Our daily choices tell us what is most important in our lives. Think about your day: what and whom do you give your time and yourself to: work, play, family and friends, prayer? Seriously, who and what is most important to you at this time in your life? Is God in this picture?

The reality is that life can and does get crazy! At these times it can be easy to lose sight of who is “King” in our lives! This feast of Christ the King is a clear reminder of the One who should be first on our list and first in our lives!

Saturday, November 22, 2014

Reflection: Luke 20:27-40

Luke 20:27-40 – 33rd Week in Ordinary Time

Today’s Gospel may be a bit difficult to understand. The Sadducees are challenging Jesus. They give him a scenario about seven brothers. The oldest brother married a woman who gave him no children. This man died without any offspring. However, the man had 6 brothers. Each brother in their turn married this woman. And each brother in turn died, without having any children! What is Jesus saying to us in this Gospel?

As we approach the end of this Church year, these readings invite us to pause and reflect on our lives. How are we living? Are we living in a way that is bearing “fruit” for our families, our friends, our co-workers, our world? Jesus’ talk of “the end time” might make us fearful or apprehensive! It sounds pretty alarming!

However, Jesus may simply be inviting us to stop and reflect deeply on our lives. How am I living? How well am I loving? Am I sharing the gifts I have? These may seem like small choices in a very big world. However, my choices and our choices affect everything and everyone in this world! What will I choose to do today?

Friday, November 21, 2014

Reflection: Luke 19:45-48

Luke 19:45-48 – 33rd Week in Ordinary Time

Today’s Gospel is extremely short: only 4 verses. Yet it opens with a somewhat violent scene: Jesus has taken a whip and is driving the moneychangers out of the temple area! This is not a Jesus we “see” very often! On this day, Jesus was extremely angry that this hallowed, holy temple was being used for commerce, for the making of money. This sacred temple was being defiled! Jesus was so angry he took a whip and drove the moneychangers out of the temple.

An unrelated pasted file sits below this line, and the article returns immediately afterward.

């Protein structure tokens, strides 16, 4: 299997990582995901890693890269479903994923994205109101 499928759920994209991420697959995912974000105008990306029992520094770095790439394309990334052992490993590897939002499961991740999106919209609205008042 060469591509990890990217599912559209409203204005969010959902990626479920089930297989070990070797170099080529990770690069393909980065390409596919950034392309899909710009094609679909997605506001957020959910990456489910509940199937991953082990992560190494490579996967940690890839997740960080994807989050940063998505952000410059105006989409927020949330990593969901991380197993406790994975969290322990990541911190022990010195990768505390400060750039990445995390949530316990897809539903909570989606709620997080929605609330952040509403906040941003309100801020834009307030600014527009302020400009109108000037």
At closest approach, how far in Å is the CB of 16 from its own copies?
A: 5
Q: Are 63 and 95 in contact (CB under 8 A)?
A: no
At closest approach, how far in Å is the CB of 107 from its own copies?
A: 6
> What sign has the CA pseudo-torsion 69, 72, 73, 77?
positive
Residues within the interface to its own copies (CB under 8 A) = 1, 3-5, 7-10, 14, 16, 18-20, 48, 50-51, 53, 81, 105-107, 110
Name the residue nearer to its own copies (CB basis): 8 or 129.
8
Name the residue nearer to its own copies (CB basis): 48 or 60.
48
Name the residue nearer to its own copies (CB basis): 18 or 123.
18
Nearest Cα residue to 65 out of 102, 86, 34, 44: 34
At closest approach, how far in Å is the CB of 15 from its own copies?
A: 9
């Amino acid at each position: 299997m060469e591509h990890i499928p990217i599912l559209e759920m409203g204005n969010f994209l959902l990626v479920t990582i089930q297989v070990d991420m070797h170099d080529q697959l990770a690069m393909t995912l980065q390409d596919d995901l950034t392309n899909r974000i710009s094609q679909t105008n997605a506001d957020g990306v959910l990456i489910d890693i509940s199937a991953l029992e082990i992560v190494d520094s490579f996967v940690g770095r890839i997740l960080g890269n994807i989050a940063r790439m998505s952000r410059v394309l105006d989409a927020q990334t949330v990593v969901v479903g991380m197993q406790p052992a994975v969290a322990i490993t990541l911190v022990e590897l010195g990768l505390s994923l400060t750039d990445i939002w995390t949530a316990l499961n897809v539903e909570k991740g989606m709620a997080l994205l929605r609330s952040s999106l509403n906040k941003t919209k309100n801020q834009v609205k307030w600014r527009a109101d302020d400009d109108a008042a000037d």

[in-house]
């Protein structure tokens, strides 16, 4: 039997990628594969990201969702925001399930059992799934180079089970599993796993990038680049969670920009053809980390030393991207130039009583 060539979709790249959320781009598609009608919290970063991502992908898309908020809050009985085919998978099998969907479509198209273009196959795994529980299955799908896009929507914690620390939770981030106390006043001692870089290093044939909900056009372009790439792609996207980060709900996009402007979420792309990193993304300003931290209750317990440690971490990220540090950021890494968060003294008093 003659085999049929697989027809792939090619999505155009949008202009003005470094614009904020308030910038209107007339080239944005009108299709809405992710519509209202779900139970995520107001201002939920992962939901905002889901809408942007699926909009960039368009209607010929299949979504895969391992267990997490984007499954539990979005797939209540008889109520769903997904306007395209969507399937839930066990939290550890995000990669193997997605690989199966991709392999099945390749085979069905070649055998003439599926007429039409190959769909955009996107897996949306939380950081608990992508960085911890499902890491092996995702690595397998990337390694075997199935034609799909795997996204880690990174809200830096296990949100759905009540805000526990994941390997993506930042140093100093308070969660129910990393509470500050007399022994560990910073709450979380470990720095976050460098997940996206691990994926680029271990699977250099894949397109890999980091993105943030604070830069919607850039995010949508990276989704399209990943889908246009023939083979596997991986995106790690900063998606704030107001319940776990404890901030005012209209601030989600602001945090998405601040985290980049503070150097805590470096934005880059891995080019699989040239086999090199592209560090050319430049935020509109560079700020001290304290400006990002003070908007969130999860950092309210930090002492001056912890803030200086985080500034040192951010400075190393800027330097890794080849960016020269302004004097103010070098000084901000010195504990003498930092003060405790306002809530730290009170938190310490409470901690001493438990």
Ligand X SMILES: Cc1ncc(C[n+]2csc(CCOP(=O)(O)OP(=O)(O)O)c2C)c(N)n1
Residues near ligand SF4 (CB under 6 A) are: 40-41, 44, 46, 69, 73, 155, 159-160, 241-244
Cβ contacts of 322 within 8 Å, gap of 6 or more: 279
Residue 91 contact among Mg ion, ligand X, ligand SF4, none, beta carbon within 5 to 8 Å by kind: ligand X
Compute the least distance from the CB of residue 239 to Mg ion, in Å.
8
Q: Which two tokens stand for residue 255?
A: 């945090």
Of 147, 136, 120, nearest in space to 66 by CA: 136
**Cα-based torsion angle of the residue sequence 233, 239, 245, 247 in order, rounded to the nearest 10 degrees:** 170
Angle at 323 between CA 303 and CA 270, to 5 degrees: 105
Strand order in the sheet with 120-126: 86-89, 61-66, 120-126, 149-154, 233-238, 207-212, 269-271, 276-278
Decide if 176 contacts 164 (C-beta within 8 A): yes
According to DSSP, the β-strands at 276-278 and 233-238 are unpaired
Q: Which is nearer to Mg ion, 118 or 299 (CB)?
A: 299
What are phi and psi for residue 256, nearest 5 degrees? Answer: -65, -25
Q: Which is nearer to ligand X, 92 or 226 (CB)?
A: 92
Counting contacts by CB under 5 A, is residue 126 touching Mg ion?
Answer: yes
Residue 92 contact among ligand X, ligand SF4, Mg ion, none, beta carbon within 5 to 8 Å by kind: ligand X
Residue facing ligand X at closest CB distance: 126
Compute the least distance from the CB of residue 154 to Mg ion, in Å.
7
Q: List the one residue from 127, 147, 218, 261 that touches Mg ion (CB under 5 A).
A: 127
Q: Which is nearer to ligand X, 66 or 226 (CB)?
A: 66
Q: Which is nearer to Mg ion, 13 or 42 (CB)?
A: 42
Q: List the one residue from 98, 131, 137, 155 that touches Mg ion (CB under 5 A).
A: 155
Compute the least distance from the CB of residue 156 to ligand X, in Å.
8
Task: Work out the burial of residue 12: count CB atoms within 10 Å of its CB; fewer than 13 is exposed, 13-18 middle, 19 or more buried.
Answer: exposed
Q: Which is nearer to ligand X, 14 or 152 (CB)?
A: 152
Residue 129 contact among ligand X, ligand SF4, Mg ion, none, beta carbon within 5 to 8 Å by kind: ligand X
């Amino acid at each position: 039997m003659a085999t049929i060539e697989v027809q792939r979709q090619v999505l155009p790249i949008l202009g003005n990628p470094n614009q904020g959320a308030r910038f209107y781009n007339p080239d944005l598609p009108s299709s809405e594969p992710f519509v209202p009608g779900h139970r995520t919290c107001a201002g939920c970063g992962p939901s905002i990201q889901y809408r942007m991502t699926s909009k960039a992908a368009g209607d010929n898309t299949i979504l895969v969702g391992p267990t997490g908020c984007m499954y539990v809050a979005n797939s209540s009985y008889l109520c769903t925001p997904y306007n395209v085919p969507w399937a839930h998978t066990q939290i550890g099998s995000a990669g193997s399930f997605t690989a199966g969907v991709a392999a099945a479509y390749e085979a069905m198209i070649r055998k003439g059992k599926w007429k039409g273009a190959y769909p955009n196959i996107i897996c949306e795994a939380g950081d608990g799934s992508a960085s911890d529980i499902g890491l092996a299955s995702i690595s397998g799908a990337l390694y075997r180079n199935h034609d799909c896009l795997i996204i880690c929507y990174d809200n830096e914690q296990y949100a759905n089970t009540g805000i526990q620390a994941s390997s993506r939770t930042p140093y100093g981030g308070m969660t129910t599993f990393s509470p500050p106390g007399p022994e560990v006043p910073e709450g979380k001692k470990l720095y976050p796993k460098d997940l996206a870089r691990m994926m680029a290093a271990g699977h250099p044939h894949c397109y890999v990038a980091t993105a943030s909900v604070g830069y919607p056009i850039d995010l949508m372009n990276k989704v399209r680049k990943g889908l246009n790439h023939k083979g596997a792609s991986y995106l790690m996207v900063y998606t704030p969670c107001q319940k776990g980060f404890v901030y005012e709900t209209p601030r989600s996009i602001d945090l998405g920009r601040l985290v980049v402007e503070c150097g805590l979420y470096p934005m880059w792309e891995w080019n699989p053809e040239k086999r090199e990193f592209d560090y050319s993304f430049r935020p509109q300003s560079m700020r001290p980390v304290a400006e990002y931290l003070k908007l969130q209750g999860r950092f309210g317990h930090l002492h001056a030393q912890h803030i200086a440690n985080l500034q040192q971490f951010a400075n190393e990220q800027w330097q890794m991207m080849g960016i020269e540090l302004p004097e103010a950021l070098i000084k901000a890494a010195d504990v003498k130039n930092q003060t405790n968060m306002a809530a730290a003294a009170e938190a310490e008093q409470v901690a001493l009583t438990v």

It can be easy to take sacred and safe places, such as a Church, for granted. At times, we may even forget that we are in a holy and sacred space. The next time you are in your church, I invite you to sit quietly for a few minutes. Notice the peace, the sacredness of this blessed space. Experience the presence of God in this holy place! Experience the presence of God in the people who are with you and around you!

As human beings, we all need sacred spaces, be that a church, a forest, the ocean, the mountains, a small lake or your own backyard. When we recognize the “sacred,” we know deep within us that God is there with us. Every moment of our day is sacred — if we perceive it that way! God is always with us!

Thursday, November 20, 2014

Reflection: Luke 19:41-44

Luke 19:41-44 – 33rd Week in Ordinary Time

The scene the Gospel opens with today is Jesus weeping over Jerusalem. Many of the people following him assumed that he was crying because he believed that Jerusalem would be destroyed. Apparently there had been dire predictions floating around in Jerusalem. (This sounds a bit like our fear as Y2K (2000) approached.) For weeks there were predictions that all computers would be shut down and everything would come to a standstill. They also predicted that investments, homes and jobs would be lost. What a relief it was when the year 2000 came and went fairly quietly!

As this Church year comes to an end, the daily readings become more sobering and perhaps frightening! Jesus’ language in today’s Gospel is stark and somewhat frightening as he tells us what we can anticipate in the future. He speaks of people being surrounded by their enemies and of children being smashed on the ground. This is not the Jesus most of us know!

The reality of life in many countries today mirrors what Jesus is predicting. So many people in our world struggle to have food, shelter and safety. Today there are far too many places in our world where children, women and men are not safe. In my comfortable “little world,” I take so much for granted! True, I don’t have the power to change those situations. However, today I and we can consciously, deliberately strive to be women and men of peace, love, generosity and gratitude! This will have an impact on our world---even if we don’t “see” it! In our own quiet way we can make a difference!